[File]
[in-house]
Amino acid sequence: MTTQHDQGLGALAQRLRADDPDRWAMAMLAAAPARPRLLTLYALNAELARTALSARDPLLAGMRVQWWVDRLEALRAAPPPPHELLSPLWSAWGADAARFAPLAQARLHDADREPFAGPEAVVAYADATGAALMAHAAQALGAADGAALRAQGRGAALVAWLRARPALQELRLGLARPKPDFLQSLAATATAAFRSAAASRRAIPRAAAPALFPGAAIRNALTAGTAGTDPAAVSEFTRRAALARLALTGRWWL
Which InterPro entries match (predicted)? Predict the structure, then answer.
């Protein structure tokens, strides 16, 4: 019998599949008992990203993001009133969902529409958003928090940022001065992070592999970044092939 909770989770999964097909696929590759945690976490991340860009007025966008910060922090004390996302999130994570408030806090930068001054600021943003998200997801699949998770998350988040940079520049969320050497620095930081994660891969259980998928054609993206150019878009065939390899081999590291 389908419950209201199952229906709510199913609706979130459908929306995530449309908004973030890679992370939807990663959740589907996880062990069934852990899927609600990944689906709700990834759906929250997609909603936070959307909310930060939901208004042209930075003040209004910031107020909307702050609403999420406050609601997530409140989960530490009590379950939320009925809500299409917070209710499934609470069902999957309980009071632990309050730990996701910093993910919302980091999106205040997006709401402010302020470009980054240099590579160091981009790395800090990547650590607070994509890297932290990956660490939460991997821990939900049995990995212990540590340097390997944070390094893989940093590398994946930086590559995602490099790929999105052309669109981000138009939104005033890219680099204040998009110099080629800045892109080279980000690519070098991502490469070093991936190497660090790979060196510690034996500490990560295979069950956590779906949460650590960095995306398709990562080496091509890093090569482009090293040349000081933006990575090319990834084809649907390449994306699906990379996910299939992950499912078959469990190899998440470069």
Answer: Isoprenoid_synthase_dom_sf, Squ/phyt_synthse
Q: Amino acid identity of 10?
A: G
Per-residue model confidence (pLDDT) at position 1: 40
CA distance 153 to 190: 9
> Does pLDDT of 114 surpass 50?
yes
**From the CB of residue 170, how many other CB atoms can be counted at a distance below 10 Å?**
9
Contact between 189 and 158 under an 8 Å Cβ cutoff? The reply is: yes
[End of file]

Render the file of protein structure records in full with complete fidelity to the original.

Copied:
[in-house]
Amino acid sequence: MTTQHDQGLGALAQRLRADDPDRWAMAMLAAAPARPRLLTLYALNAELARTALSARDPLLAGMRVQWWVDRLEALRAAPPPPHELLSPLWSAWGADAARFAPLAQARLHDADREPFAGPEAVVAYADATGAALMAHAAQALGAADGAALRAQGRGAALVAWLRARPALQELRLGLARPKPDFLQSLAATATAAFRSAAASRRAIPRAAAPALFPGAAIRNALTAGTAGTDPAAVSEFTRRAALARLALTGRWWL
Which InterPro entries match (predicted)? Predict the structure, then answer.
């Protein structure tokens, strides 16, 4: 019998599949008992990203993001009133969902529409958003928090940022001065992070592999970044092939 909770989770999964097909696929590759945690976490991340860009007025966008910060922090004390996302999130994570408030806090930068001054600021943003998200997801699949998770998350988040940079520049969320050497620095930081994660891969259980998928054609993206150019878009065939390899081999590291 389908419950209201199952229906709510199913609706979130459908929306995530449309908004973030890679992370939807990663959740589907996880062990069934852990899927609600990944689906709700990834759906929250997609909603936070959307909310930060939901208004042209930075003040209004910031107020909307702050609403999420406050609601997530409140989960530490009590379950939320009925809500299409917070209710499934609470069902999957309980009071632990309050730990996701910093993910919302980091999106205040997006709401402010302020470009980054240099590579160091981009790395800090990547650590607070994509890297932290990956660490939460991997821990939900049995990995212990540590340097390997944070390094893989940093590398994946930086590559995602490099790929999105052309669109981000138009939104005033890219680099204040998009110099080629800045892109080279980000690519070098991502490469070093991936190497660090790979060196510690034996500490990560295979069950956590779906949460650590960095995306398709990562080496091509890093090569482009090293040349000081933006990575090319990834084809649907390449994306699906990379996910299939992950499912078959469990190899998440470069």
Answer: Isoprenoid_synthase_dom_sf, Squ/phyt_synthse
Q: Amino acid identity of 10?
A: G
Per-residue model confidence (pLDDT) at position 1: 40
CA distance 153 to 190: 9
> Does pLDDT of 114 surpass 50?
yes
**From the CB of residue 170, how many other CB atoms can be counted at a distance below 10 Å?**
9
Contact between 189 and 158 under an 8 Å Cβ cutoff? The reply is: yes